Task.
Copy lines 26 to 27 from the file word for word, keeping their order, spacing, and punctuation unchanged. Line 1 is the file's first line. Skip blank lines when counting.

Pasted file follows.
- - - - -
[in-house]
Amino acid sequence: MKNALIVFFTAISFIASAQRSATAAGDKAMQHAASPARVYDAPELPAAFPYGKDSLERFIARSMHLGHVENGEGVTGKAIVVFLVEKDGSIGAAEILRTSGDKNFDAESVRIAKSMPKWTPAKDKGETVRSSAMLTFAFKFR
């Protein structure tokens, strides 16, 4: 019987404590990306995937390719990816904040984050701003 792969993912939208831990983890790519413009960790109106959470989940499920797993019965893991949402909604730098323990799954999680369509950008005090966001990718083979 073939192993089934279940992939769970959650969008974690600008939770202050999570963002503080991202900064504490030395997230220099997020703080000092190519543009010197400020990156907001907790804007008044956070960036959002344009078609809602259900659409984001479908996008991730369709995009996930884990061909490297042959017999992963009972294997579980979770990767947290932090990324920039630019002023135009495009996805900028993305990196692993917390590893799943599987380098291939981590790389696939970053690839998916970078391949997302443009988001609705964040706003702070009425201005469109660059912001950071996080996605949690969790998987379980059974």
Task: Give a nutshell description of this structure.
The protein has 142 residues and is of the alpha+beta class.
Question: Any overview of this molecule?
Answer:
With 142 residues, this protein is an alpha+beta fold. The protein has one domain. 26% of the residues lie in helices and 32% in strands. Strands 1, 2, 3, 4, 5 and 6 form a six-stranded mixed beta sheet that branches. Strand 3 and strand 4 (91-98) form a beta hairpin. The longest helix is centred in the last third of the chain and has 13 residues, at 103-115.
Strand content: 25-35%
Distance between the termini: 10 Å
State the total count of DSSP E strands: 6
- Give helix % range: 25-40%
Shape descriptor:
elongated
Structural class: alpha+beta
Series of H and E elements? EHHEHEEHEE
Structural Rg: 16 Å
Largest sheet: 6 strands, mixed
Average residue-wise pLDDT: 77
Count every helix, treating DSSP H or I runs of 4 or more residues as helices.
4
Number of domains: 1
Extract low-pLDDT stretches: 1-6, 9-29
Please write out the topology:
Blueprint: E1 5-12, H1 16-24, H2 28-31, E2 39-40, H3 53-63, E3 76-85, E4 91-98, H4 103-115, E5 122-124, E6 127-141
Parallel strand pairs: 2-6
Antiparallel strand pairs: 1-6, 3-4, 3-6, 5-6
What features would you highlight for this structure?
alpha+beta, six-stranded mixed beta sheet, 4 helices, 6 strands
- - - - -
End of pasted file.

Parallel strand pairs: 2-6
Antiparallel strand pairs: 1-6, 3-4, 3-6, 5-6